Foreign Affairs goes online

Mar 12, 2009
Foreign Affairs, the magazine which has hosted articles about international affairs by US foreign policy luminaries for decades, is going online.

Foreign Affairs, the magazine which has hosted articles about international affairs by US foreign policy luminaries for decades, is going online.

The Washington-based Council on Foreign Relations (CFR), publisher of the 87-year-old , announced the launch on Thursday of

"Articles in play an important role in the country's discussion of foreign , and increasingly those discussions are taking place online," editor James Hoge, Jr. said in a statement.

"Our goal with the new site is to contribute more directly to that dialogue," he said.

Managing editor Gideon Rose said Foreign Affairs, which had a circulation of 161,000 per issue last year, has "always tried to present compelling pieces by expert authors that speak to both professionals and the general public.

"The timeliness and flexibility of the new website will allow us to do even more of that, while bringing our readers into the conversation as well," Rose said.

CFR said the website will offer one-third of the contents of each bimonthly issue for free online. The rest will be available for a minimal fee.

Subscribers can peruse the full magazine online for free and browse archives dating back to 1961.

CFR said will also feature reading lists from experts, question and answer sessions with authors, and roundtables where experts can debate the major issues of the day.

(c) 2009 AFP

Explore further: White House drafts privacy bill, consumers push for more

add to favorites email to friend print save as pdf

Related Stories

US executive branch drives foreign policy

Nov 06, 2008

A new study in the journal International Studies Perspectives examines U.S. foreign policy towards three Middle Eastern states and finds that the executive branch is often the driving force in foreign policy. Also, U.S. f ...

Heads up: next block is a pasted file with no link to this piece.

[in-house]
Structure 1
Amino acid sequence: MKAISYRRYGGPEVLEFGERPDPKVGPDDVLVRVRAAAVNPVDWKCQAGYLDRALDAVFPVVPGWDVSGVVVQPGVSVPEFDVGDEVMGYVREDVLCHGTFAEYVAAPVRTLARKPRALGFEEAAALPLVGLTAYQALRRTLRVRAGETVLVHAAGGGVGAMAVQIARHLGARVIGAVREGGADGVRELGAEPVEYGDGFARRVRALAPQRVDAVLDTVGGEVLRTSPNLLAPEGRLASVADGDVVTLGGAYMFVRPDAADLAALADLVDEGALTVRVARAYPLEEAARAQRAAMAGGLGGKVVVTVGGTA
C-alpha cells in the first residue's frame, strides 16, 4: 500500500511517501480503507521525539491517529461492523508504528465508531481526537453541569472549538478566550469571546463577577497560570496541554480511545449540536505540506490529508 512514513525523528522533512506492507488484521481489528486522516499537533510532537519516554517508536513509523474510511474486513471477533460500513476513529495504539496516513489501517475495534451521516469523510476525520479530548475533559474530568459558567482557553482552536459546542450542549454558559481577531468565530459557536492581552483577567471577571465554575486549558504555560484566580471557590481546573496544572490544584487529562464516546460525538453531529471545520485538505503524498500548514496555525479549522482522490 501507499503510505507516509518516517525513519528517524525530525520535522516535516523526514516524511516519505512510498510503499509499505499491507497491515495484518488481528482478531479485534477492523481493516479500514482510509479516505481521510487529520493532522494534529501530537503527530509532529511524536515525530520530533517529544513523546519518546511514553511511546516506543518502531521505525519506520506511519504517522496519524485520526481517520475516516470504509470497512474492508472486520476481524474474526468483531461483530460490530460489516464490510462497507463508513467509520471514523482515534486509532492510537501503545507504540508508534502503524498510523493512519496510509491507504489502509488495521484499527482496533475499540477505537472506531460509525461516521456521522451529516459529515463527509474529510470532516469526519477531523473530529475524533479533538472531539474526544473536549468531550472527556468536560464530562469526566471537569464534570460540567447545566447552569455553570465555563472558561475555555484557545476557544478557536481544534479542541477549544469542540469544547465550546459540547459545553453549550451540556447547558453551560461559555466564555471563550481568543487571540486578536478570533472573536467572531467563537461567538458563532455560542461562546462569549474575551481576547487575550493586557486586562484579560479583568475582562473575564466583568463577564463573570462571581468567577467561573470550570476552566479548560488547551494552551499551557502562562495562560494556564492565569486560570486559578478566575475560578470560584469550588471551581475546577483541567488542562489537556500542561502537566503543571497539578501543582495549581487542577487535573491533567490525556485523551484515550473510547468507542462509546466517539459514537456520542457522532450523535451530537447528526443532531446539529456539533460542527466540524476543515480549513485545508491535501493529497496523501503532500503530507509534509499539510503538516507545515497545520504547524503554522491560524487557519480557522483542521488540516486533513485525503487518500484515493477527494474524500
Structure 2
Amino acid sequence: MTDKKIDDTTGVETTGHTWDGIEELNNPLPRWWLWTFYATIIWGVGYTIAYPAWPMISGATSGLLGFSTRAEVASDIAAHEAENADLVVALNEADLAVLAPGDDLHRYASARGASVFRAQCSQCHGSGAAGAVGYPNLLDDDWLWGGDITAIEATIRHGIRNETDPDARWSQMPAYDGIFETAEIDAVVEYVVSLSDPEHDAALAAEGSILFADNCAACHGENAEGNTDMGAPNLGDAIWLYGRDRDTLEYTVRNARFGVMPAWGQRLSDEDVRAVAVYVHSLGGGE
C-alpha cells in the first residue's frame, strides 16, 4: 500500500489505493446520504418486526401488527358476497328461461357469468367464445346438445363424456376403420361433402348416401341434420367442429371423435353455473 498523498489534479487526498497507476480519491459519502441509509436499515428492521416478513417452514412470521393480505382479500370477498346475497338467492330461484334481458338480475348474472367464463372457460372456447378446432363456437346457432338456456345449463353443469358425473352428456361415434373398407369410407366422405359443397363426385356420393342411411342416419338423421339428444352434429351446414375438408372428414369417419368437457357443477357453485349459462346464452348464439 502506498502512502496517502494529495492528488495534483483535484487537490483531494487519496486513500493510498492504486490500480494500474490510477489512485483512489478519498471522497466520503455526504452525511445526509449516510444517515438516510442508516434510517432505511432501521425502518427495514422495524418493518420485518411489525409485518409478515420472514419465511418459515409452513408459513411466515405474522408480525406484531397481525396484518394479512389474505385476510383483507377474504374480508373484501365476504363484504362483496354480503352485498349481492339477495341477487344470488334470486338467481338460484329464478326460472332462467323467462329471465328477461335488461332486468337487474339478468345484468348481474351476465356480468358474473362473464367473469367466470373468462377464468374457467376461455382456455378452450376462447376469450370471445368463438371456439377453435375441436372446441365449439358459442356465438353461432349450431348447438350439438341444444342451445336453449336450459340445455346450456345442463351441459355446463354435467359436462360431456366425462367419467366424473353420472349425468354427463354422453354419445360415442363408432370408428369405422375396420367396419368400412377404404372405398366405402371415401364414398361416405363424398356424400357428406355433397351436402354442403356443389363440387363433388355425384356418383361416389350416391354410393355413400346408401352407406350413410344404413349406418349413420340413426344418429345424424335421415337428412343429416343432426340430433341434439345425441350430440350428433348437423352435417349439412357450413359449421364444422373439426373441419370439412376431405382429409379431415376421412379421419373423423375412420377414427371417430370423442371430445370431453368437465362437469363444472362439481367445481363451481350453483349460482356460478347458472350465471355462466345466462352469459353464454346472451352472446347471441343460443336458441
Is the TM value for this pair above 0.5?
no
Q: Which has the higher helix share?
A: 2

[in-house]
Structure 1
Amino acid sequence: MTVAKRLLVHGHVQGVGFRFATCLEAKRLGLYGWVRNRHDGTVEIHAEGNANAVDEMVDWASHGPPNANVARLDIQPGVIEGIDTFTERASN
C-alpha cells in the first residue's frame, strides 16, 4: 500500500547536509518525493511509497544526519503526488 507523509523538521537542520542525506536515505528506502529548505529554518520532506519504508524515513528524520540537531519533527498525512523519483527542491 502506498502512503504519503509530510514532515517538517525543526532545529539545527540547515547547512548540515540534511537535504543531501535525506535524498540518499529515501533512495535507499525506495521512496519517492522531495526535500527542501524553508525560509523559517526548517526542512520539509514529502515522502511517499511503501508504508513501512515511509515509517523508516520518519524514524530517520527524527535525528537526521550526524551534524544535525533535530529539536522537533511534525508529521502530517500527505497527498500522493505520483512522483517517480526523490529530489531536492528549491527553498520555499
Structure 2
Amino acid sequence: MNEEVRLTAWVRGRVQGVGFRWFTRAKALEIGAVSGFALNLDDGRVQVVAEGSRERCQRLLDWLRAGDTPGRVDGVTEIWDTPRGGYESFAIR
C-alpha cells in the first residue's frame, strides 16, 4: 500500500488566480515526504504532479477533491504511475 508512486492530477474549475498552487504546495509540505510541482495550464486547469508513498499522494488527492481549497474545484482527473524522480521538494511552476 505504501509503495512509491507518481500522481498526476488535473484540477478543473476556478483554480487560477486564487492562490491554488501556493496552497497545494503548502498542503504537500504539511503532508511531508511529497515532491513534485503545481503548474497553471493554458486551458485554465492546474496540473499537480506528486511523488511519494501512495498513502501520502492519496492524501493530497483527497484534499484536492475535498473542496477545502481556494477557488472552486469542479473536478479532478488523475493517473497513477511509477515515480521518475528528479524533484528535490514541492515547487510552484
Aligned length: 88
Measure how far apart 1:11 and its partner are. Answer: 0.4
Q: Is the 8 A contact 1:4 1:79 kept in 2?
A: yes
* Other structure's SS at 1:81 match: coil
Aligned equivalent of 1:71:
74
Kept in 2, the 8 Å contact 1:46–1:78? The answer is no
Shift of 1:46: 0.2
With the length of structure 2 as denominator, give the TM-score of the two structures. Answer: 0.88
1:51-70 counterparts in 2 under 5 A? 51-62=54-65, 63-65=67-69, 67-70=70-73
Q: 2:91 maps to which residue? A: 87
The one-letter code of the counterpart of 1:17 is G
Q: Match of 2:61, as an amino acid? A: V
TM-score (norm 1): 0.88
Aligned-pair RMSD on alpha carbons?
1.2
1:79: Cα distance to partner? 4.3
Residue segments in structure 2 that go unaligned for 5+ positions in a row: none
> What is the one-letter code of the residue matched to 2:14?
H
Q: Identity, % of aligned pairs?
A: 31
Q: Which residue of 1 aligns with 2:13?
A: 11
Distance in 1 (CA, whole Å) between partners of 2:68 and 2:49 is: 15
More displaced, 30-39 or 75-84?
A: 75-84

Recommended for you

Barclays to allow payments by using Twitter handles

3 hours ago

The next chapter in banks moving into the digital age is a stretch beyond reminding customers over phone lines that they can also bank online. Barclays has launched Twitter payments through Pingit.

QR codes engineered into cybersecurity protection

7 hours ago

QR, or Quick Response, codes – those commonly black and white boxes that people scan with a smartphone to learn more about something – have been used to convey information about everything from cereals ...

Australian laws on storing phone, Internet records to change

14 hours ago

(AP)—A parliamentary committee on Friday recommended a major rewrite of draft laws that would force Australian telcos and Internet providers to store customers' personal data for the convenience of law enforcement agencies. ...

Spotify deals with random shuffle and us mortals

Feb 26, 2015

How do we mortals perceive random sequences? An entry in the question-and-answer site Quora focused on a question involving a music-streaming service Spotify. That question signifies how we perceive what ...

User comments : 0

Please sign in to add a comment. Registration is free, and takes less than a minute. Read more

Click here to reset your password.
Sign in to get notified via email when new comments are made.